Letter: Follow the federal case on Canada’s debt online

The case is currently before the Federal Court of Appeal where the parties await a decision on the claim moving forward.

Very few Canadians are aware that, in his November 1993 report, the Auditor General of Canada calculated that of the $423 billion federal public debt accumulated from Confederation to 1992, only $37 billion (8.75 %) went to make up the shortfall in actual goods and services spending for the Canadian people. The remaining $386 billion (91.25%) was to cover what was the cost to borrow (interest) that $37 billion.

In 1971, Canada’s public debt was about 20.3 billion dollars (104 years after confederation), which quickly ballooned to the $423 billion over the course of the next 22 years. That is a 20 fold increase in our public debt. And yes, we, the taxpayers, are the ones liable for this “debt”, which we pay towards via income tax.

So what changed to cause such a dramatic increase in Canada’s public debt over this short time period?

Prior to 1971, the government of Canada borrowed monies from the Bank of Canada to cover any shortfalls in goods and services spending. Why?

The Bank of Canada Act, under section 18, authorized the Bank of Canada to make loans and advances directly to the government of Canada, interest free, to cover these shortfalls. In addition, the Bank of Canada was also authorized under the Act to make loans and advances directly to the provinces for their shortfalls as well, interest free. That’s right, no interest!

However, in 1974, the government of the day, and governments from that point onwards, began borrowing money from private banks and investors, paying them interest on those loans, and securing those loans with government issued interest bearing bonds.

There are many who would consider this a criminal act as there was never any referendum of Canadian taxpayers whereby they agreed to permit the government to start borrowing money from private banks and investors and pay them interest on those borrowings when there existed a mechanism for the federal government and the provincial governments to borrow monies, interest free, from the Bank of Canada to cover any shortfall in the cost of providing programs and services to the people of this country.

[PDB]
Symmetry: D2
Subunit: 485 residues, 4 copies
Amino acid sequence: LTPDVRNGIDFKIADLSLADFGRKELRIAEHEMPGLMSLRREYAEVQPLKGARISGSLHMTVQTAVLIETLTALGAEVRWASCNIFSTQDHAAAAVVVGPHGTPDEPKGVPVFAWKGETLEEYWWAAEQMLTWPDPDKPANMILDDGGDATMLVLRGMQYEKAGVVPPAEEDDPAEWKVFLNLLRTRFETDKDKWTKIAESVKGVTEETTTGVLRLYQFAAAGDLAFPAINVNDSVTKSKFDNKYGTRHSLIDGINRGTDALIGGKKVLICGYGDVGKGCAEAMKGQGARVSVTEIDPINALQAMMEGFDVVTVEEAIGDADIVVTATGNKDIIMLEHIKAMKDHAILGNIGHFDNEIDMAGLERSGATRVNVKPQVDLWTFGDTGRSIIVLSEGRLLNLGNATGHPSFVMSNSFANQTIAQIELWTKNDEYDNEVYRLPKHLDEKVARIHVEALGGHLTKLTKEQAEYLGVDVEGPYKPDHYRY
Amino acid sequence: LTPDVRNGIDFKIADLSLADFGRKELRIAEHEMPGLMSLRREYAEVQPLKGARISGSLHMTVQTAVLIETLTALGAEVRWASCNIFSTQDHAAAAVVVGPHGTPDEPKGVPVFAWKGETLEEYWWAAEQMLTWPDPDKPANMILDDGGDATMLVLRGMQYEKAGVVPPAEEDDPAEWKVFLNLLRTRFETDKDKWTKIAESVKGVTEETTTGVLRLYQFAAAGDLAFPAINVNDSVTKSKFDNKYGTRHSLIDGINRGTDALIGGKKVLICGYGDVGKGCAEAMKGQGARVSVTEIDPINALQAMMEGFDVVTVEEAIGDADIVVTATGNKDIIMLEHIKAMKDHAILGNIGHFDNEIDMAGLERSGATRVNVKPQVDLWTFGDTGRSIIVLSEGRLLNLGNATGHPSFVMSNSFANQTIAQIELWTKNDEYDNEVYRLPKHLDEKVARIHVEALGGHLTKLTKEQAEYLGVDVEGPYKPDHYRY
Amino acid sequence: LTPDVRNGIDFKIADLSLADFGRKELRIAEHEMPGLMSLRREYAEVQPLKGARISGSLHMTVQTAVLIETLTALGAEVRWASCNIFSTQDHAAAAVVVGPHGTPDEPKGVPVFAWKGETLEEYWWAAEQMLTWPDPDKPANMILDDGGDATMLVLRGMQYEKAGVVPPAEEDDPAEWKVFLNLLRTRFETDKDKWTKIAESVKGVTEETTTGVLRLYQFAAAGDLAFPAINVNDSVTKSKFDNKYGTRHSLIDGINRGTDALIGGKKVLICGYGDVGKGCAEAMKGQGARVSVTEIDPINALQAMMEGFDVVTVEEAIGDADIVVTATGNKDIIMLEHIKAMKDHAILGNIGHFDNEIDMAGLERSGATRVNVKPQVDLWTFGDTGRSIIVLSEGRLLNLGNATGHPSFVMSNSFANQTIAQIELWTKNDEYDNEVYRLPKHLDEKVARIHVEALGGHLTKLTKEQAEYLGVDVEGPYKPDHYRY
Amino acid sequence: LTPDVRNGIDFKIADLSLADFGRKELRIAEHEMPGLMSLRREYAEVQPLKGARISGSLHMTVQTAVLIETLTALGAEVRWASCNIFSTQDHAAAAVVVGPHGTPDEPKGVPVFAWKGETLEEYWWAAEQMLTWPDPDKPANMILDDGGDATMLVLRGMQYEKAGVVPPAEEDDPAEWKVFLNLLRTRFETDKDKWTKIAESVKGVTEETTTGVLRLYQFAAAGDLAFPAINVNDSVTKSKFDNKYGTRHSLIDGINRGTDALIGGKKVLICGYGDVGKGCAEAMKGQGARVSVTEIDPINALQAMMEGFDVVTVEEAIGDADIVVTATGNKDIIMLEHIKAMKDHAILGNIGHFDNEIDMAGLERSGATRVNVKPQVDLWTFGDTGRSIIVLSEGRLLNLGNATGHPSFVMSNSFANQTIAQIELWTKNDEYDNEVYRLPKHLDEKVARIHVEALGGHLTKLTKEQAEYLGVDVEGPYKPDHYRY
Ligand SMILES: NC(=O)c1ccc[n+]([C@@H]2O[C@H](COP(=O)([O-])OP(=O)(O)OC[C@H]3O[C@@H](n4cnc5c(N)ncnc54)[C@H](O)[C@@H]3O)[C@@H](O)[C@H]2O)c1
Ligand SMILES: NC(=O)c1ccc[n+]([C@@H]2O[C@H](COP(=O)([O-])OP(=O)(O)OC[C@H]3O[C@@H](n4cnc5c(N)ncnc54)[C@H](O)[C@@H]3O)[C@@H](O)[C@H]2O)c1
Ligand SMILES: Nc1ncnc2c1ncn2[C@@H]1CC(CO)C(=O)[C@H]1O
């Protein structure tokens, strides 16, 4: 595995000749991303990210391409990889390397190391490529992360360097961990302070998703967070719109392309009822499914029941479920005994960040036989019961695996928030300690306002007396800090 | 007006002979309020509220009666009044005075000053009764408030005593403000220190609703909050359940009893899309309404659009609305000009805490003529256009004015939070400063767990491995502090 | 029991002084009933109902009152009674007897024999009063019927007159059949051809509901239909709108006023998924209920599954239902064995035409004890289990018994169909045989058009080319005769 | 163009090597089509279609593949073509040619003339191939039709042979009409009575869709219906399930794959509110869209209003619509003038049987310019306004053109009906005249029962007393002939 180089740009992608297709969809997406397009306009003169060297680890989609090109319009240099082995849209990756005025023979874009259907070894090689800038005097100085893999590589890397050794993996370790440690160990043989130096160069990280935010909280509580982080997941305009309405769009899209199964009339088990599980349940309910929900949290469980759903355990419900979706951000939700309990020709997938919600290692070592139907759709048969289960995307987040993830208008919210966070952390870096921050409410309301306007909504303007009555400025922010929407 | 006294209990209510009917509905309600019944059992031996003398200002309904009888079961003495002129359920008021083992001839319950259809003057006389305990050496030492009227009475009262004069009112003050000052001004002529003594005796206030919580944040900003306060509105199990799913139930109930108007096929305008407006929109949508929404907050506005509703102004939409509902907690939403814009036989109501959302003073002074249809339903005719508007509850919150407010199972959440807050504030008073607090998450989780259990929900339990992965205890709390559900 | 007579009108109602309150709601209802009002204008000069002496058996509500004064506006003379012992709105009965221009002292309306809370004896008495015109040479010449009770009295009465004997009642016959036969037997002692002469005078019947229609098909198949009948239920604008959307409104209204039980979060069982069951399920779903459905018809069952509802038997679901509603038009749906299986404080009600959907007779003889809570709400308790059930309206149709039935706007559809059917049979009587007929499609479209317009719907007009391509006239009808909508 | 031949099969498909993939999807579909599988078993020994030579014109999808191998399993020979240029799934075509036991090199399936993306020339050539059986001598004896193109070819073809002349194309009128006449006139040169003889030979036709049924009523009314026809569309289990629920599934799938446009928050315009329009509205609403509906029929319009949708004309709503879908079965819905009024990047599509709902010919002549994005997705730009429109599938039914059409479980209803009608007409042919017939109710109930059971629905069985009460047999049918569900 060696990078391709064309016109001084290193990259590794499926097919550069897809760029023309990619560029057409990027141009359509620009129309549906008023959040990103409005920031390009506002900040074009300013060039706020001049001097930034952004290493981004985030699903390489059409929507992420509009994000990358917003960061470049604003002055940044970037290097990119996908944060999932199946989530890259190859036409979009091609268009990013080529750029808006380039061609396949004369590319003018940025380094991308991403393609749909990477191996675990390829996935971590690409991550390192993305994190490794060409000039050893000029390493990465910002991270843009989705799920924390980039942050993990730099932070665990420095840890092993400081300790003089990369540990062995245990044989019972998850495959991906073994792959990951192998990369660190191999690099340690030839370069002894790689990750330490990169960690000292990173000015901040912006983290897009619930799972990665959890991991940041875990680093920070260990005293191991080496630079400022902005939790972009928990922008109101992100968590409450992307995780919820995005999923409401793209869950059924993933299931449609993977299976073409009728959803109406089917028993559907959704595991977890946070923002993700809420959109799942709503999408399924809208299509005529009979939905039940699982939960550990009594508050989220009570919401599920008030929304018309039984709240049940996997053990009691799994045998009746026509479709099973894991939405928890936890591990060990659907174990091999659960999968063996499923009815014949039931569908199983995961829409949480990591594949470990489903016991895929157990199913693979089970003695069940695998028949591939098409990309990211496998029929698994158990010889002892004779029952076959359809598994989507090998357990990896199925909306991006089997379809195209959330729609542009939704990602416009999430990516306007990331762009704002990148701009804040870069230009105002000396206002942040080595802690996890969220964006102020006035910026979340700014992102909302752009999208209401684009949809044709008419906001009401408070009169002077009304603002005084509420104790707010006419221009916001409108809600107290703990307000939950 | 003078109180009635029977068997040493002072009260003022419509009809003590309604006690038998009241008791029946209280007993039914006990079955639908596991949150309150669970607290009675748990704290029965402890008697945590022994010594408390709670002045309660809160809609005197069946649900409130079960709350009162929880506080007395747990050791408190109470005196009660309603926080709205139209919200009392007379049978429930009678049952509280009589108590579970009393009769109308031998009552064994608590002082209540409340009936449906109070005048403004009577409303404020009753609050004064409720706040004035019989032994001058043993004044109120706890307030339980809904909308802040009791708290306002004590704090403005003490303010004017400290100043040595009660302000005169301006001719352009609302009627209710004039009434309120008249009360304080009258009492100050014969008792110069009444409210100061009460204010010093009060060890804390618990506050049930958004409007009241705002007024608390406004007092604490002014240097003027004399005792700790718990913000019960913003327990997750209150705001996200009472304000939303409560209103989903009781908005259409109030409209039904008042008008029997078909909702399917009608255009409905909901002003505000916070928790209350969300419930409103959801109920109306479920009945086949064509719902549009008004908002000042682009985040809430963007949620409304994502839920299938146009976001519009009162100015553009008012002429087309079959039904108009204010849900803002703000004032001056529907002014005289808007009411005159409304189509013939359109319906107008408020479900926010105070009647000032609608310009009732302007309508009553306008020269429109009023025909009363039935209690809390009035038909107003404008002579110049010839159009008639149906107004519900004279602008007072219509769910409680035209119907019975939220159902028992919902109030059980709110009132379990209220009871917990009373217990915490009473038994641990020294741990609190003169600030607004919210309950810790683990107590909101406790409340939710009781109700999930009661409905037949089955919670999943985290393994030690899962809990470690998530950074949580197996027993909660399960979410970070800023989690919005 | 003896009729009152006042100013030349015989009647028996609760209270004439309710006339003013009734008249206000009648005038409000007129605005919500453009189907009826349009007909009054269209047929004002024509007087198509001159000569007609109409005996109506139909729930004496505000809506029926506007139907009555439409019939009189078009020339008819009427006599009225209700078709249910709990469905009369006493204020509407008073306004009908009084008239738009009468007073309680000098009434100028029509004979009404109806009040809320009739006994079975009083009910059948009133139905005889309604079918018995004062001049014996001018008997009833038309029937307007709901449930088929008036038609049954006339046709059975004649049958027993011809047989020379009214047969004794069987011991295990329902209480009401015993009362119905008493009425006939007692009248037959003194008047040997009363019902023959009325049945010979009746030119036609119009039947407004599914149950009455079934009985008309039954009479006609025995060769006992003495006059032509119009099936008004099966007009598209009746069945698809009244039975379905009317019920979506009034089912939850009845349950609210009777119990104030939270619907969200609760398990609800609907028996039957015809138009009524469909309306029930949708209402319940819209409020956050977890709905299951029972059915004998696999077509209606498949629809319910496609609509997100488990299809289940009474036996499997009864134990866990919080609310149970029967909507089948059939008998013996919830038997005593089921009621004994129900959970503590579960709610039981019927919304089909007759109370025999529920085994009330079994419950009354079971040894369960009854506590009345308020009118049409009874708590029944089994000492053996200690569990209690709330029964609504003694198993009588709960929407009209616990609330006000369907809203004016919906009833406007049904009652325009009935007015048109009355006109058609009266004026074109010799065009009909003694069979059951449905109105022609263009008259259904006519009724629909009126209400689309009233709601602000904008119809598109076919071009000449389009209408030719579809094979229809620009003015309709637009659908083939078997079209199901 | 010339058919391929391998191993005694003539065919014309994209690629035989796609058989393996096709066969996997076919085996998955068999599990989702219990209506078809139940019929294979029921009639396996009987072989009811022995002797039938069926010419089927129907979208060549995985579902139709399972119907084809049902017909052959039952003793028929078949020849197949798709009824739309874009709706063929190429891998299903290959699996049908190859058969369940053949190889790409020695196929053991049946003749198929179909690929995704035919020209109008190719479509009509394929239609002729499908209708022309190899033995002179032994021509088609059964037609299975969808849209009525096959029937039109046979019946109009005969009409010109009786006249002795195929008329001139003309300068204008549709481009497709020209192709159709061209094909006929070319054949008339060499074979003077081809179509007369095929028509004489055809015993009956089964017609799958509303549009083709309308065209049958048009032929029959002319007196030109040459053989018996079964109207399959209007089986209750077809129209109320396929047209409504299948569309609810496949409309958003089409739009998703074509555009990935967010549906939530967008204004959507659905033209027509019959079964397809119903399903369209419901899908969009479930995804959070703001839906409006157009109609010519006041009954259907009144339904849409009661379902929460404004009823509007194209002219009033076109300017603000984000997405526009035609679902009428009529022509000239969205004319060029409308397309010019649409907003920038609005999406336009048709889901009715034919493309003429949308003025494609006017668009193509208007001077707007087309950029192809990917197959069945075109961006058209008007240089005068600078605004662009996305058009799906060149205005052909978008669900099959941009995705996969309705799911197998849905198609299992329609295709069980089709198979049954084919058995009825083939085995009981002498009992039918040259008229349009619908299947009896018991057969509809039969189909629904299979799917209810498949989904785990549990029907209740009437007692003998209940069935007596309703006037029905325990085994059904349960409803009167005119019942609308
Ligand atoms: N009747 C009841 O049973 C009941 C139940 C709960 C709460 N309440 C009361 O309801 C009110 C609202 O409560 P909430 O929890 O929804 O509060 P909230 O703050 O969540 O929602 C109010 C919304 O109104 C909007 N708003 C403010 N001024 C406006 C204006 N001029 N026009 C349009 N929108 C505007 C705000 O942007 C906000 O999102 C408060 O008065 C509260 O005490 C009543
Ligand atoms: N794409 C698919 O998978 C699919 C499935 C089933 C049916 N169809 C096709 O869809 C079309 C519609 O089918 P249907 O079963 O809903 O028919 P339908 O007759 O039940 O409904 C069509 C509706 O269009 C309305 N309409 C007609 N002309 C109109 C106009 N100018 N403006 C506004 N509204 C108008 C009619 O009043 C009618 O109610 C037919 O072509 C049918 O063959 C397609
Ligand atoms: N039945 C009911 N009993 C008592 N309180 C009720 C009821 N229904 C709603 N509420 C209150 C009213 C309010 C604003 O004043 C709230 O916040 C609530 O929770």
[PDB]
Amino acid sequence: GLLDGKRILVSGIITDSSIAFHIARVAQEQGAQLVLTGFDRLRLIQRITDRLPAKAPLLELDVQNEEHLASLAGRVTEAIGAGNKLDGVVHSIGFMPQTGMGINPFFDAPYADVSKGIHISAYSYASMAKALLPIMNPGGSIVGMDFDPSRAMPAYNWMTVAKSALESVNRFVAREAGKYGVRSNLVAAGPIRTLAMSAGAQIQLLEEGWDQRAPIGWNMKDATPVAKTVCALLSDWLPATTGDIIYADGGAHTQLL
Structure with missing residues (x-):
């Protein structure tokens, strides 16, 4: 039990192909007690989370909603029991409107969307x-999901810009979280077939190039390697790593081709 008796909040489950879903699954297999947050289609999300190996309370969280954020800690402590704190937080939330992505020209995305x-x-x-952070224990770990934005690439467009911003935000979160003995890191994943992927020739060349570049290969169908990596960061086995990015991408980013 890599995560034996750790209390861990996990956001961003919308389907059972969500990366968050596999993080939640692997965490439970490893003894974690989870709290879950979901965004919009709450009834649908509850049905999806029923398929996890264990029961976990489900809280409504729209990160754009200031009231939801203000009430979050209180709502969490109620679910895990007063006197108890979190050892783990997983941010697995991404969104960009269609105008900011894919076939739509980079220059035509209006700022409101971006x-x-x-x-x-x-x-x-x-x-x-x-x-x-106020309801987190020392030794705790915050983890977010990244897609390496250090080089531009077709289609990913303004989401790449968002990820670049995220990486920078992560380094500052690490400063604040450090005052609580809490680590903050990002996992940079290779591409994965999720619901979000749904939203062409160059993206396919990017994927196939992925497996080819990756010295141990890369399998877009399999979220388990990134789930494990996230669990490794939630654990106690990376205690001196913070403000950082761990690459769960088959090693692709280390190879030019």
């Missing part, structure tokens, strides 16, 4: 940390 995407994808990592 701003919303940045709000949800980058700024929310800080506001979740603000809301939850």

But there is some good news on the horizon.

In December 2012, the Committee on Monetary and Economic Reform (COMER), and two private citizens, brought  suit in the Federal Court of Canada against Her Majesty the Queen, The Minister of Finance, The Minister of National Revenue, The Bank of Canada, and the Attorney General of Canada, on this very issue.

The case is currently before the Federal Court of Appeal where the parties await a decision on the claim moving forward. If you want to follow this matter, visit www.comer.org to keep up to date with the proceedings because the mainstream media are not giving this story any coverage, reasons for such I leave to the readers to speculate for themselves.

(To get an idea of where money comes from and who really benefits, watch the 5 part series on how money is created at: www.hiddensecretsofmoney.com)

This an issue of great importance to all Canadians because we the citizens, and more importantly, our children and grandchildren, are the ones left “holding the bag”  as a result of the government’s current borrowing practices.

 

Grant Baudais,  Kelowna

 

Kelowna Capital News